quality improvements. NFWF's 2013 Chesapeake Bay Stewardship Fund will award approximately $8
million - $10 million in grants in partnership with the Chesapeake Bay Program to restore the habitats
and water quality of the Chesapeake Bay and its tributary rivers and streams. To further that effort
NFWF has targeted watershed watersheds where there are significant opportunities to benefit species
habitats such as in brook trout in headwater stream or create spawning opportunities for river herring.
NFWF will be holding a webinar for applicants on Friday May 3 at 11:00 to discuss the RFP and targeting
restoration. The link for the webinar is https://www1.gotomeeting.com/register/123468041.
Contact: Jennifer Greiner, Jennifer_greiner@fws.gov
GIT 3 – Water Quality
The Water Quality GIT works to evaluate, focus and accelerates the implementation of practices,
policies and programs that will restore water quality in the Chesapeake Bay and its tidal tributaries to
conditions that support living resources and protect human health.
On April 30, 2013, the Chesapeake Bay Program partnership released 2012 information on
partners’ progress to reduce pollution to the Chesapeake Bay and its tributaries. Data shows that
pollution from nitrogen, phosphorus, and sediment has been reduced over the past three years due to
actions taken by the Bay jurisdictions. This information is posted online and can be accessed via the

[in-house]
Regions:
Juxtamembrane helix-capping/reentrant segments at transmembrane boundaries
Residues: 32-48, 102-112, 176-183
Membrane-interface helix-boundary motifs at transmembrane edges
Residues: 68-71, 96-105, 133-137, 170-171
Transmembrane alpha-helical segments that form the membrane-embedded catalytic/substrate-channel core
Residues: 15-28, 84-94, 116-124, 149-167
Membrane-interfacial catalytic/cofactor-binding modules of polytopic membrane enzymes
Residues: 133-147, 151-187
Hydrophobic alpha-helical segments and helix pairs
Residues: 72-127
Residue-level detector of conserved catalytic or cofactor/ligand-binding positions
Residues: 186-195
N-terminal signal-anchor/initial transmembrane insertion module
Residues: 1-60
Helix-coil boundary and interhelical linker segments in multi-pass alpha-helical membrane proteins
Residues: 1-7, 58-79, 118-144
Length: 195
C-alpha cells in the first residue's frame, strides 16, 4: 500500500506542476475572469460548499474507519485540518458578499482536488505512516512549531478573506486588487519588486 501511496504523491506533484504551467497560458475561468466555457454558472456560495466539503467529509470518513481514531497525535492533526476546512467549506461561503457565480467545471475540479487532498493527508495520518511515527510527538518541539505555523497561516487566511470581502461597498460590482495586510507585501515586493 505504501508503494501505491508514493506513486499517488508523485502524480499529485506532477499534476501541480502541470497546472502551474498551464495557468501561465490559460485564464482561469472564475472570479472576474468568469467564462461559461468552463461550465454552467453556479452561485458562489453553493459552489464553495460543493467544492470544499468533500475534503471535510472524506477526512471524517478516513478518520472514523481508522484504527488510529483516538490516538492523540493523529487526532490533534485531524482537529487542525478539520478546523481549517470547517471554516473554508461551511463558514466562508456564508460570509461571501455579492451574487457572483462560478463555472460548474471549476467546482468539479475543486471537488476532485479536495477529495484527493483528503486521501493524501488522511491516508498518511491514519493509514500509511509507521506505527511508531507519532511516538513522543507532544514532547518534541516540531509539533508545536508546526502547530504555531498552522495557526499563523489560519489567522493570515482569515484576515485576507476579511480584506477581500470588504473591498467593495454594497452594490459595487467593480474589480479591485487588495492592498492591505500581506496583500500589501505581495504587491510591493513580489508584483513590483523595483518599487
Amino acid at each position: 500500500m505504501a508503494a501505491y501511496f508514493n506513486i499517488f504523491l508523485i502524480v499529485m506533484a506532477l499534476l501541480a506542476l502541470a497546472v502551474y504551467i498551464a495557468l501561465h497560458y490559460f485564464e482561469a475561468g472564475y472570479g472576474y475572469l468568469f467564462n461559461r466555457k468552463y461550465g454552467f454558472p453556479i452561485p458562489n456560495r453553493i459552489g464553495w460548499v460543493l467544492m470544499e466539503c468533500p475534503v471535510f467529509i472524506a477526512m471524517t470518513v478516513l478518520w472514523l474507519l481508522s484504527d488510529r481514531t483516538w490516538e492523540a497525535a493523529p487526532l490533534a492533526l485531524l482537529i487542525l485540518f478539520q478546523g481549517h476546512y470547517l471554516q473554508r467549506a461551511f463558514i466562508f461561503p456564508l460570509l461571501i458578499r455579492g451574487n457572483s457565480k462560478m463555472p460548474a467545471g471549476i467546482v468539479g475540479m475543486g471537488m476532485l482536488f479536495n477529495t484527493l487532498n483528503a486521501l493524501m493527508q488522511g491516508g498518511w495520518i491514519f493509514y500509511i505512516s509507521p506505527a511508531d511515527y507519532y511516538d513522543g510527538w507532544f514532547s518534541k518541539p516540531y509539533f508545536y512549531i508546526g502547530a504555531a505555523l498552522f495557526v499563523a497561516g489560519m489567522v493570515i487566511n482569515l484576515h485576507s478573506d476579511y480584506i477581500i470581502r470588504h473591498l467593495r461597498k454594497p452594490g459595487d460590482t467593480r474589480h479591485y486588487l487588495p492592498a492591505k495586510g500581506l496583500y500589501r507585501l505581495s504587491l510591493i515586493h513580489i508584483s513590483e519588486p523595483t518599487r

Press Center at http://www.chesapeakebay.net/presscenter for full release and photos/videos.
In addition, the Agriculture Workgroup will be hosting an Ag modeling workshop at the
University of Maryland at the end of May to address priorities raised through the midpoint assessment.
This workshop brings together representatives from the industry, private, federal, state, and academic
The Chesapeake Bay Program has recently updated our table of the “BMP Expert Panels
Approved, Underway, or Planned” on ChesapeakeStat. This update includes additional information
about the status, next steps, and report-out dates of the expert panels and will be updated on a monthly
basis. The table can be accessed here: http://stat.chesapeakebay.net/q=node/130&quicktabs_10=3
Contact: Lucinda Power, firstname.lastname@example.org
GIT 4 – Healthy Watersheds
The goal of the Maintain Healthy Watersheds Goal Implementation Team (GIT 4) is to maintain local
watershed health across a range of landscape contexts. With this goal, GIT 4 intends to bring attention
to the challenge of protecting streams and watersheds that are healthy today. This initiative
complements the "dirty waters" approach which focuses on restoring impaired waters.
In an April 22 nd meeting, the Maintain Healthy Watersheds GIT (GIT4) focused on CBP and state
healthy watershed vulnerability assessment capabilities and metrics. We have published state-identified
healthy watershed layers on ChesapeakeSTAT, where visitors can view maps of state-identified healthy
waters and watersheds in relation to their vulnerability to urban growth, and in relation to protected
lands. Also, the GIT has submitted two proposals to the Alliance for the Chesapeake Bay for healthy